When she laughs, my mom either chuckles or is bent over gasping for breath; there is no middle ground. That night, tears were streaming down her cheeks. Kelsey’s face matched her bright red hair, and Lauren was leaned forward, arms stretched across the table for support. At one point, I looked across the table to Kelsey. Head cocked, she was staring at Kate, and motioning for me to look also. Kate, it appeared, was not laughing anymore, but had transitioned into a sob that none of us had noticed. We were all quiet at once; my mom asked Kate what was wrong.

“It’s just that … I know they’re … big…You guys… don’t need to… say it,” she said between sniffles. Startled, Lauren, Kelsey and I looked at each other, trying to figure out an appropriate response. We weren’t used to being confronted by Kate, especially with such a fair, justified reason. We wondered when the exact moment had come that our little sister deserved to be taken seriously, and how we had missed it.

Then Kate, satisfied with our somber silence and apologetic eyes, took a deep breath. And she began to giggle. She kept giggling, catapulting everyone at the table into several more minutes of punch-drunk laughter. At one point, my mom got up to answer the phone but, doubled-over and unable to speak, retreated back to her chair after just a few steps.

Back when Kate was five or six, her bibliomaniac gene was not yet fully developed. While everyone else in our family preferred reclining for hours with a good book over almost anything else, she, in her naivety, still treasured “fresh air” and “playing games.” Of course, my older sisters and I loved to dress up and play Lady Friends (our more sophisticated version of “house“) at Kate’s age; the difference is that we had each other. Sometimes I wonder if Kate’s early obsessions, first with the Titanic and later with cars, dogs, and terrorists, were not just a way for her to channel all of her extra intellectual energy, but also a result of loneliness. Honing in on a topic helped Kate organize and stimulate a brain she hadn’t quite grown into, a brain that was hardly challenged in elementary school. But I also think Kate, being nine, seven, and six years younger than her sisters, turned to facts for companionship. When she did interact with people, she talked about what–not who–she knew, because the facts were always there to learn; they never ignored her or told her they were too busy. The night at dinner when my mom held up three fingers, Kate’s sporadic factual hiccups were the only way she felt she could inch her way into the conversation.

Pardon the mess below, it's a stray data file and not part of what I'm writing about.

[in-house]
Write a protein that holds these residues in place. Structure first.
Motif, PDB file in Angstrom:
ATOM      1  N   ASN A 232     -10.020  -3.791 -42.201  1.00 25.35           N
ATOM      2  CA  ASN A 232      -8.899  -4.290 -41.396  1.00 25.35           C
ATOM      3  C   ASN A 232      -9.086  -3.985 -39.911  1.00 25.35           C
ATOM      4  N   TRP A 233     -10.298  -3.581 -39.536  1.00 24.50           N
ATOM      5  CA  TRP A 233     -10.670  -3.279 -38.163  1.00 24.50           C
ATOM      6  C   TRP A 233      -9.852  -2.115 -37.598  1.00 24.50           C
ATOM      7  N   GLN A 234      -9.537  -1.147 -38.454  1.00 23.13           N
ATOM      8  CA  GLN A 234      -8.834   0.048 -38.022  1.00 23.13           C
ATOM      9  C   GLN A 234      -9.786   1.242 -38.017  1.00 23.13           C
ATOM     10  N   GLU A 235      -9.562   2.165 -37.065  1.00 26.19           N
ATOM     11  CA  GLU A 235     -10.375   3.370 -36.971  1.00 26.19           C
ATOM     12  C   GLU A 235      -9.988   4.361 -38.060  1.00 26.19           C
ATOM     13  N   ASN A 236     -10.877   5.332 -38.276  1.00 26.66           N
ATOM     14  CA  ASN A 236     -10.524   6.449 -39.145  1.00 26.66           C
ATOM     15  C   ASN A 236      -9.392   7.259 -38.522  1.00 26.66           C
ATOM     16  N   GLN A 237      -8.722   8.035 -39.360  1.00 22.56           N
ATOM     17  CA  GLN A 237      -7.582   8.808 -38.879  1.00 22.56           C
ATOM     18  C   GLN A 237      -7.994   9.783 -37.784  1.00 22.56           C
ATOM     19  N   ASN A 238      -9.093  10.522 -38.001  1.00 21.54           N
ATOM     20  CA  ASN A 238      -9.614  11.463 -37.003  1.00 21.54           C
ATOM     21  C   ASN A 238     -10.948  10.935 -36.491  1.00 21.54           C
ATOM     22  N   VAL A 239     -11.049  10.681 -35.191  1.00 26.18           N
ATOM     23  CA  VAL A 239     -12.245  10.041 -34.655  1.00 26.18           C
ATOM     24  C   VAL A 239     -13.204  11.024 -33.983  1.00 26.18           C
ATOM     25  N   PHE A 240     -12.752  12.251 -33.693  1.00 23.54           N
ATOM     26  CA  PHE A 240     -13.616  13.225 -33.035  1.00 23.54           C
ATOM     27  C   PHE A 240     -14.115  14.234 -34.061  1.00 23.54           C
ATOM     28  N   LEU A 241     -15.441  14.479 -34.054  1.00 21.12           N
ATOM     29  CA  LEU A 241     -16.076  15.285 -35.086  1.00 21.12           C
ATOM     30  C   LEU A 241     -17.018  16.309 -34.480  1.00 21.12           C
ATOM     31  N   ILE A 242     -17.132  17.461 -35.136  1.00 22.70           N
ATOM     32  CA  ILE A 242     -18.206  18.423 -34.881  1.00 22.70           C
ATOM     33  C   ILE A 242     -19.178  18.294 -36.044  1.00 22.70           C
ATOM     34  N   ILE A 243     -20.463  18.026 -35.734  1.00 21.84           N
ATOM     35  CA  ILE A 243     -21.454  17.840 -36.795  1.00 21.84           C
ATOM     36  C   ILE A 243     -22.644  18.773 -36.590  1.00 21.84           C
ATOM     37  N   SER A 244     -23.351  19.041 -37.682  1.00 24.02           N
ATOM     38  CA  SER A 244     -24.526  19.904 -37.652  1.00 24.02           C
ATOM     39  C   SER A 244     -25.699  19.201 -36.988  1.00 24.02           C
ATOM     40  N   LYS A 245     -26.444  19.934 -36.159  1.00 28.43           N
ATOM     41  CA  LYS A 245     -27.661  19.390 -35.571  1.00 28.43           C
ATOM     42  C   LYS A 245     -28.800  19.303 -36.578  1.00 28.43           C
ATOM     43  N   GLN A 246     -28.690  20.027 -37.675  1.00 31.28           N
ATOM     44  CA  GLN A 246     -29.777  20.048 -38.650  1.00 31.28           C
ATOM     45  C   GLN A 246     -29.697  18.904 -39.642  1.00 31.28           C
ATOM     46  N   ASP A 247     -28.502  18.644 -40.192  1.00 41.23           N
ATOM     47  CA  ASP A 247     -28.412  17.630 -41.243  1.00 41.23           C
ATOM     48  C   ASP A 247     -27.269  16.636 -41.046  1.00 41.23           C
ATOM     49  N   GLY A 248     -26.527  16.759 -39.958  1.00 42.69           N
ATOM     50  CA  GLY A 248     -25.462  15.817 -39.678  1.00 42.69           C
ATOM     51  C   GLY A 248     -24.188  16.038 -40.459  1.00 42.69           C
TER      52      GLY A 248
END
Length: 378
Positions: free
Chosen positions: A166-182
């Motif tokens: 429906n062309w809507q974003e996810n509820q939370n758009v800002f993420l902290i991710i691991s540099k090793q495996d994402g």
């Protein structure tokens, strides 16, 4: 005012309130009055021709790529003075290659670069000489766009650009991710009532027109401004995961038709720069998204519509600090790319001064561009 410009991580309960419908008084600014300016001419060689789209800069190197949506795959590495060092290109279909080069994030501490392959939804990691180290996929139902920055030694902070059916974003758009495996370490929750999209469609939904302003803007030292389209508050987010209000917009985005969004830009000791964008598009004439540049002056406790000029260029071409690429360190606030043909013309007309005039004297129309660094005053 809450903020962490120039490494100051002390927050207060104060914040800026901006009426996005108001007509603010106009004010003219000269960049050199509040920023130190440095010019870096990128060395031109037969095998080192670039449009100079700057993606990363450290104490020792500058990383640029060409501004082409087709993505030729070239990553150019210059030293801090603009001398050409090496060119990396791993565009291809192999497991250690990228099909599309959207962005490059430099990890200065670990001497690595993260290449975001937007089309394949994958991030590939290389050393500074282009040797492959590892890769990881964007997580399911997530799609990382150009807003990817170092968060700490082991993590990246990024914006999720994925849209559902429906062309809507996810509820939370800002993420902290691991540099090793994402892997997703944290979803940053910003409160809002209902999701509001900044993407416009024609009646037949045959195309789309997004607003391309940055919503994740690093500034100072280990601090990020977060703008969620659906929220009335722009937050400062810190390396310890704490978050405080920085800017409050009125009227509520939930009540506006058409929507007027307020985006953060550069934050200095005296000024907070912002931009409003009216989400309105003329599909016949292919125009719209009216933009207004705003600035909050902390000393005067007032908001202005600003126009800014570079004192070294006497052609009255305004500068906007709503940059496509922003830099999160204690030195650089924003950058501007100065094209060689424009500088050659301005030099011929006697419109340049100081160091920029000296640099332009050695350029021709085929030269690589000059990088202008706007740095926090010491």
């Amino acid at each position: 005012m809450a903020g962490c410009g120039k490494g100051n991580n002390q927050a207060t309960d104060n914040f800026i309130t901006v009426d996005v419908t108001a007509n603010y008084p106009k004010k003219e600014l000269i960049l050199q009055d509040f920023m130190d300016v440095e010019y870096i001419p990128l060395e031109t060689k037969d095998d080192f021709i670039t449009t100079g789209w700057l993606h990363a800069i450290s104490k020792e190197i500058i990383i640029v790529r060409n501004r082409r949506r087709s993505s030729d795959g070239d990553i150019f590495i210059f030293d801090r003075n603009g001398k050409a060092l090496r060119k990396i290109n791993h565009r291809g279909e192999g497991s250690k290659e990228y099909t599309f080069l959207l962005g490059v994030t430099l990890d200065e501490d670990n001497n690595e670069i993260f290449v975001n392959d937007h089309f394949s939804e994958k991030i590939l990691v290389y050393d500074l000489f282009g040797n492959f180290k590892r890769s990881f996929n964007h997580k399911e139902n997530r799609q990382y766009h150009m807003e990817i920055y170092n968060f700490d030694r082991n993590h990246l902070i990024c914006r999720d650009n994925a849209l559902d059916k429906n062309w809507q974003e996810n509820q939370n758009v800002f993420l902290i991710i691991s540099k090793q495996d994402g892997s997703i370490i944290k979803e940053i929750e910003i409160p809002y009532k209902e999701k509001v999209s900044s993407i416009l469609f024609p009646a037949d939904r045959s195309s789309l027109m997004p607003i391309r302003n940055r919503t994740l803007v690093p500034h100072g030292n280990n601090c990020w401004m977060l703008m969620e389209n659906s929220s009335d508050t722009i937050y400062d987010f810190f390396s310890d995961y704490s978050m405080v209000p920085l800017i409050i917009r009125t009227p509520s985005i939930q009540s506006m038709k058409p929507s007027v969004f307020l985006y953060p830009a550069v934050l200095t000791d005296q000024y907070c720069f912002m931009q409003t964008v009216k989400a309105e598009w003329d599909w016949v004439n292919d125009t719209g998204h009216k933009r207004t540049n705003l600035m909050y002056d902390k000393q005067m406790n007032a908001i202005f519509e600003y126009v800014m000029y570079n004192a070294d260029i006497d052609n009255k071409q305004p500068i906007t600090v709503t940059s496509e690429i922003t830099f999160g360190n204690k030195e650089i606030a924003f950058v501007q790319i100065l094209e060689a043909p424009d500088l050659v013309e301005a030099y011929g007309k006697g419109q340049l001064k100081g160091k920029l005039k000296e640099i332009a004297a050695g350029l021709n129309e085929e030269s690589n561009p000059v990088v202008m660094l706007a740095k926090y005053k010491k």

Kate has been writing poems since she learned how to spell, and my family only recently found out that she has been submitting them, along with some short stories, to online forums for years. She graciously let me look at some of her earliest poetry (most of which she will never post online), and one piece in particular caught my attention.

Hoping For Love: A Crow’s Story

By Kate Moreau (age 9)

Hoping for love is the crow.
Sitting high on her perch.
Hoping for freedom from a life of sorrow and resentment.
She tries her lovely song but no one hears the true loveliness of the song she sings.
Hoping for love is the crow.

After more than a few not-so-suppressed giggles (even Kate was grinning), I began to wonder the significance of such an image. Sure, Kate may have been a slightly melodramatic child (which, by the way, also may run in the Moreau genes…I wrote a similarly poignant poem about the emptiness of life which caused my sixth grade teacher to gently confront me after class about my “concerning” worldview), but I don’t think the  sentiment behind the poem is entirely sensationalist. Even a nine-year-old with a family who loves her deeply can feel the subtle twinge of loneliness.

Though she will most-likely never fulfill her childhood dream of being first mate of the Titanic, I know Kate’s quirky brilliance could be of use in countless other fields–beat poetry, criminology with an emphasis on license-plate identification, or maybe a graveyard shift security guard.

From the ages of three to five, she tried to convince our family that she was the only person on earth that did not need sleep to function. In fact, she had given up snoozing years ago. When my mom politely explained to her that this was, in fact, impossible, Kate insisted she was telling the truth (apparently her body magically produced the necessary immune-enhancing substances released only in deep sleep). Kate’s protracted stubbornness frustrated me and my sisters to the point where we began to take pictures of her sleeping–eyes closed and, on the most incriminating occasions, mouth open. Confronted with the evidence, an unhesitant Kate admitted to closing her eyes most nights, but only in deep concentration.